The AKC and the Gene Pool

A closer look at the American Kennel Club's mission.

By | Posted: Fri Jul 23 00:00:00 PDT 2004

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On Sept. 17, 1884, a dozen men met in Philadelphia to form the American Kennel Club. In 1887, the AKC began to register dogs and maintain a stud book. In 1908, they declared as one of their official purposes, "generally to do everything to advance the study, breeding, exhibiting, running, and maintenance of the purity of thoroughbred dogs." By 1935 they had registered their 1 millionth dog. Now, millions of AKC registered dogs later, some breeders and geneticists are questioning whether the AKC's basic tenant of maintaining the purity of breeds may be at odds with maintaining the health of breeds.

The AKC has changed its registration criteria through the years. Initially, any dog that looked like a certain breed could be registered as that breed. Later, the AKC made the criteria for being accepted as a pure breed more stringent. In general, only dogs from AKC-registered parents, or registered with other kennel clubs with similarly stringent criteria, could be registered. The AKC guards the integrity of its stud book carefully, ensuring that pure breeds really are pure.

But this policy of genetic exclusion had some unforeseen effects. We now know that when any population is based on a handful of founders, then whatever genes chance to be present in those founders will be over-represented in their descendants compared to the gene frequency in the entire population. If these genes are for deleterious recessive traits, then in a closed population the descendants must eventually breed to one another, increasing the chance that their progeny will inherit recessive genes from both parents and thus develop a genetic disease. Such is the case with most dog breeds, the majority of which can trace their ancestry to fewer than 50 foundation animalssometimes fewer than 10. The average dog is estimated to carry four to five such deleterious recessives, so it was almost a given that each breed would develop its own set of health problems.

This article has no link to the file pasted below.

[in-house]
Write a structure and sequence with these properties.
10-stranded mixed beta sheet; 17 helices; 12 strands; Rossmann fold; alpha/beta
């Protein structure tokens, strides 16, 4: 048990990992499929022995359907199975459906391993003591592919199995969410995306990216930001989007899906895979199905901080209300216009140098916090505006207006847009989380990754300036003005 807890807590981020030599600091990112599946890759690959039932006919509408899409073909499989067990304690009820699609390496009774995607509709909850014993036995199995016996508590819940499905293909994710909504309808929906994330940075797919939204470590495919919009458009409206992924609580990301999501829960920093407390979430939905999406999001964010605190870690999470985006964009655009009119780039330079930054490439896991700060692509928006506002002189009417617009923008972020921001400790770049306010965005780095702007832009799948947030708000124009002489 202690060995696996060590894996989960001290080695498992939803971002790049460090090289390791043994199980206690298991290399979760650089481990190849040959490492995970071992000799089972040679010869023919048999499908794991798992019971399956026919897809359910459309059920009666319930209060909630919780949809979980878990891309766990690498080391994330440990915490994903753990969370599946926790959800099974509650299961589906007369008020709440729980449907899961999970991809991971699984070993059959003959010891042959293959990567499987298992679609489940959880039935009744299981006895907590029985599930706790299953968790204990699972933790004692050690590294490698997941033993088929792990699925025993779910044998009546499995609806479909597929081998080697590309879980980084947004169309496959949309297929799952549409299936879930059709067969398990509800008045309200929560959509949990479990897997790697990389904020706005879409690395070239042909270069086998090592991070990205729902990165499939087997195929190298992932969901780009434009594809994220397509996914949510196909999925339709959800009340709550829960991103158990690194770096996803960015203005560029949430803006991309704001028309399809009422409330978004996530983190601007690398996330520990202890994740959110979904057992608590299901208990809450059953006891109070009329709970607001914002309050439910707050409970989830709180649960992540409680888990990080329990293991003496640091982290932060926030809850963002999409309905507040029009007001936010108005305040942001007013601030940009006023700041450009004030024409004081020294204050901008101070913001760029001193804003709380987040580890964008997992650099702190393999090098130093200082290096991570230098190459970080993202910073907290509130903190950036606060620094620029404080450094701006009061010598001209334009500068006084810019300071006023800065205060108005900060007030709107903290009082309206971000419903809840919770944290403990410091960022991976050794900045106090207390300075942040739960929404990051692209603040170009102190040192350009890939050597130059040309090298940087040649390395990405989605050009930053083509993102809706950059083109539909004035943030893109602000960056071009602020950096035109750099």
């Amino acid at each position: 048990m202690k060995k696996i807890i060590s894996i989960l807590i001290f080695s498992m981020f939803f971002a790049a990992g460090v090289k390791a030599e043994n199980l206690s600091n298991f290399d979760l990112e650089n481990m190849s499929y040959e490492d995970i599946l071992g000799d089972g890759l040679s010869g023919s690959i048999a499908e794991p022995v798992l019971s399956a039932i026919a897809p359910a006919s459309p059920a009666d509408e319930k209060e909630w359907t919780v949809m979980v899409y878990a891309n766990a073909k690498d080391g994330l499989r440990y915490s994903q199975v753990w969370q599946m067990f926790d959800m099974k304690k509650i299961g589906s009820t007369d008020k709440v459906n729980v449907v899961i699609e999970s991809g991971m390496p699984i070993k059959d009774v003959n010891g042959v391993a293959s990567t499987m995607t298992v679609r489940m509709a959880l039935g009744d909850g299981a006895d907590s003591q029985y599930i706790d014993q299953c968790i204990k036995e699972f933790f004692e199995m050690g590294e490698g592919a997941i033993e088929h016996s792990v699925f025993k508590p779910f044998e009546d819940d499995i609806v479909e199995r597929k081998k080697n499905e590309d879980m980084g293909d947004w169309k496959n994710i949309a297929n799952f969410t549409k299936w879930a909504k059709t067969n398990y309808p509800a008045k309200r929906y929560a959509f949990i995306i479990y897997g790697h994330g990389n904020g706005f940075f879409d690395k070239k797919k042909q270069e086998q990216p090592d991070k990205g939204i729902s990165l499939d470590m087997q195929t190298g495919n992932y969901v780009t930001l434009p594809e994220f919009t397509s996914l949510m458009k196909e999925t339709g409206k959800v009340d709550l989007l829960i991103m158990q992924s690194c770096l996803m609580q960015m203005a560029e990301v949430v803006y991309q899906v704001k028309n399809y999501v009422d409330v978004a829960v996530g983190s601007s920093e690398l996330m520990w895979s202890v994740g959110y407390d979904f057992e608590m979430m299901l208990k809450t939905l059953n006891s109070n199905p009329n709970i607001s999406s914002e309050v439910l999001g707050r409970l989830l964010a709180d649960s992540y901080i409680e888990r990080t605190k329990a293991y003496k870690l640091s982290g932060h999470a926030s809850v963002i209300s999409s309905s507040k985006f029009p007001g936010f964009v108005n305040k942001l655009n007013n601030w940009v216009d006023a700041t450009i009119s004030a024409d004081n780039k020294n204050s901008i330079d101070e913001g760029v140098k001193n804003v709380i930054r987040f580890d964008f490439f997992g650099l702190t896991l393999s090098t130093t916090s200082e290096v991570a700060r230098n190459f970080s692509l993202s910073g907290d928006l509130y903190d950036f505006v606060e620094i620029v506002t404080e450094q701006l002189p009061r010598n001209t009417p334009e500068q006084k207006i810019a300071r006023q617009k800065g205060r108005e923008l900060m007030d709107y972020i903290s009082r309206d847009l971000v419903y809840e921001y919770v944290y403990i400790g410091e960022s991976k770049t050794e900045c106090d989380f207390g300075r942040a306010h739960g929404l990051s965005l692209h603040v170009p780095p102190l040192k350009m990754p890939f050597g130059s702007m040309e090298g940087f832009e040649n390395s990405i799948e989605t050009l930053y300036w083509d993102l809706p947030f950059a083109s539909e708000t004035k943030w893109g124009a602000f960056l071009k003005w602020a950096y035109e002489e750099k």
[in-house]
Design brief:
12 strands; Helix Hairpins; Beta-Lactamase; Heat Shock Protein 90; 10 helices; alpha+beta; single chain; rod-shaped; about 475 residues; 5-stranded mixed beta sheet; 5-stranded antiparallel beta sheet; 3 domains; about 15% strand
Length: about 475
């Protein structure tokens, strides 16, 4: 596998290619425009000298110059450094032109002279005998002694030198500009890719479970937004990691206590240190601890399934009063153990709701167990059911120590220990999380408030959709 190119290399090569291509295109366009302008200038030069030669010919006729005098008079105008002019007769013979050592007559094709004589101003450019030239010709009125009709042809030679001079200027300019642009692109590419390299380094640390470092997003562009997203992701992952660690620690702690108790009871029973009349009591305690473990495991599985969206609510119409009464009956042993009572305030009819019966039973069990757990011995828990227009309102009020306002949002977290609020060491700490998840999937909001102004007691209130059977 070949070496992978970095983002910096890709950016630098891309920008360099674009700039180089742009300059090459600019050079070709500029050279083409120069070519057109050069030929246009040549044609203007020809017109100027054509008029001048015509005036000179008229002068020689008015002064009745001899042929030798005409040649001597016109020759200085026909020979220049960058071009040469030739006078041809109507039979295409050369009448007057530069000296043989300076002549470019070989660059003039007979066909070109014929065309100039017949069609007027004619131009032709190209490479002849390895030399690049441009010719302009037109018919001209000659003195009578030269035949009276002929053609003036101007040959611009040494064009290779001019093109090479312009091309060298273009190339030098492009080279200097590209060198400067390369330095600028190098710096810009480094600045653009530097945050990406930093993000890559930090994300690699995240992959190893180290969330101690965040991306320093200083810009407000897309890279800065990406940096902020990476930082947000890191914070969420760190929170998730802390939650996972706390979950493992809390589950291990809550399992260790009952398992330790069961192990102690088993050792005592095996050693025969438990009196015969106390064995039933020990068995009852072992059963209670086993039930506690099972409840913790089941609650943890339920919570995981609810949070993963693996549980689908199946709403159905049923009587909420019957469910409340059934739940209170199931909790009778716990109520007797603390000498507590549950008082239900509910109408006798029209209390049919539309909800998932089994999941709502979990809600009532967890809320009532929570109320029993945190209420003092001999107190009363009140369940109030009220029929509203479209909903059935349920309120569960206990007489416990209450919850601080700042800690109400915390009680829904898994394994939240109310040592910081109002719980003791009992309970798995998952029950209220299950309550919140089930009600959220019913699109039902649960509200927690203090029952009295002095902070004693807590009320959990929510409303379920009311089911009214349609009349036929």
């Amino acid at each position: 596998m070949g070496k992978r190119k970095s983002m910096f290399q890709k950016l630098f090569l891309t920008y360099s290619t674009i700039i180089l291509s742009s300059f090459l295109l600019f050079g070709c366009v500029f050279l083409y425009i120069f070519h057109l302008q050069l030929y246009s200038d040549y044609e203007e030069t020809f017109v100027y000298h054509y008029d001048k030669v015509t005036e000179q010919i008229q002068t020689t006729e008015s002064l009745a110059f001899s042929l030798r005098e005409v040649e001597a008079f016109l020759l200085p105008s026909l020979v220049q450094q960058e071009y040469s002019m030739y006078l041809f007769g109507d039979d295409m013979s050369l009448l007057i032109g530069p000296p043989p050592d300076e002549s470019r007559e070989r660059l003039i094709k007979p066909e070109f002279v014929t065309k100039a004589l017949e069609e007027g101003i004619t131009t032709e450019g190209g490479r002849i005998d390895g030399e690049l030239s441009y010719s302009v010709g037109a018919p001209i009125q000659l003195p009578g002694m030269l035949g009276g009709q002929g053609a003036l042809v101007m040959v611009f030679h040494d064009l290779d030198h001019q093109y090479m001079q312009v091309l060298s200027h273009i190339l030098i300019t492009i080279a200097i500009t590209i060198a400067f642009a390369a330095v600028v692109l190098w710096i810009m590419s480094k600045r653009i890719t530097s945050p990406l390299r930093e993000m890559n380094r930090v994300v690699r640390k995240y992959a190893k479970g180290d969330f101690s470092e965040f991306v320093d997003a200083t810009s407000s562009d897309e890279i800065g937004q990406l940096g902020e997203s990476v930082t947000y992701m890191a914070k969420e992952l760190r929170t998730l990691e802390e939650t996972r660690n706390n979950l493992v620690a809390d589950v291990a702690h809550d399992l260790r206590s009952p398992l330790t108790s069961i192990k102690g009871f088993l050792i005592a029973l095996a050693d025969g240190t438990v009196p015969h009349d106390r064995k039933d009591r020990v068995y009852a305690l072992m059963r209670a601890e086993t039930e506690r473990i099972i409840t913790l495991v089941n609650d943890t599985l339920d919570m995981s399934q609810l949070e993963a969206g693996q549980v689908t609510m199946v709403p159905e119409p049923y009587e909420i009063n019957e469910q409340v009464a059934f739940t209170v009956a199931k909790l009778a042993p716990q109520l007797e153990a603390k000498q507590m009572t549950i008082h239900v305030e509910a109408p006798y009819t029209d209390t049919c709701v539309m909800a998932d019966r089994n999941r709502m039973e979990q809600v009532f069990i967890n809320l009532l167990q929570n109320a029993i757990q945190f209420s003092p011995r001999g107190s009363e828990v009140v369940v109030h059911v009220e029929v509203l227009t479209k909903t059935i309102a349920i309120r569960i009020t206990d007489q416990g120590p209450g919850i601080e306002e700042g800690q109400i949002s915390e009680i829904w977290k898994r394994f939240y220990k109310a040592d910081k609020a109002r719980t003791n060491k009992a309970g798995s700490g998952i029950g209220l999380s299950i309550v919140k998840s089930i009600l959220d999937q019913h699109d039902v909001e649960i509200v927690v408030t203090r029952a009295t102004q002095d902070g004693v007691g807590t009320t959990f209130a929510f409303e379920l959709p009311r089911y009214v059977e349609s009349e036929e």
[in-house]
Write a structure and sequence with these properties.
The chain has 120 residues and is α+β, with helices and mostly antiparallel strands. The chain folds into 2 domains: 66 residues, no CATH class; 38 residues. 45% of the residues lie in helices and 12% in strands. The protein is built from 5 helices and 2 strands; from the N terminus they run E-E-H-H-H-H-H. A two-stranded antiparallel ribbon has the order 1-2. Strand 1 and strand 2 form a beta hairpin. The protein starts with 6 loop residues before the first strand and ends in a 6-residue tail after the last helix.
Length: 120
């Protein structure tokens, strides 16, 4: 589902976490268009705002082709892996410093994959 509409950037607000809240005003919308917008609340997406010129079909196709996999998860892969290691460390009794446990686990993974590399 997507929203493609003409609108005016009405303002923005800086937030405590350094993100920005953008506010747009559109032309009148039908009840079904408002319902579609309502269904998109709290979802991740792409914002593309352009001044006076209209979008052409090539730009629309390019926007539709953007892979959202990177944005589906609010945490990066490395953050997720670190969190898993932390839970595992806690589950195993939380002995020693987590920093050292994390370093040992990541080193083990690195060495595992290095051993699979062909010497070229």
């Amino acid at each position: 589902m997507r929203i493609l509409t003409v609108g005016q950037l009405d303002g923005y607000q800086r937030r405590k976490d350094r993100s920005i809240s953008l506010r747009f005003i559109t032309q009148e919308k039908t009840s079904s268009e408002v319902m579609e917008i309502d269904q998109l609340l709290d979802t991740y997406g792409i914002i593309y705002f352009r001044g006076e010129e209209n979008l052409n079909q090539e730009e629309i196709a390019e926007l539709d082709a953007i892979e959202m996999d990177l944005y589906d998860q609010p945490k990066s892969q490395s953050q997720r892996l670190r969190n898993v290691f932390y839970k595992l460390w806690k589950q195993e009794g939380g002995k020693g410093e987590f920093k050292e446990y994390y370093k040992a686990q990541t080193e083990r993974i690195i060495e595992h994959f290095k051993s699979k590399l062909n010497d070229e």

Such genetic information wasn't available to the AKC a century ago, although some breeders voiced their concern about closed gene pools and inbreeding. In 1906, Lewis Strong wrote in the American Kennel Gazette: "In spite of the invigorating effects of several outcrosses, the Bloodhound remains one of the scarcest and perhaps most inbred of English dogs. I should hardly think they can survive another half-century of inbreeding as close as the past 50 years, and I think that, unless Bloodhound breeders take the subject strongly in hand, there is danger that the Bloodhound may in time become extinct, exterminated by inbreeding. The only remedy I can think of, besides refraining from inbreeding, is for breeders to boldly make outcrosses, so as to get a liberal infusion of new blood."

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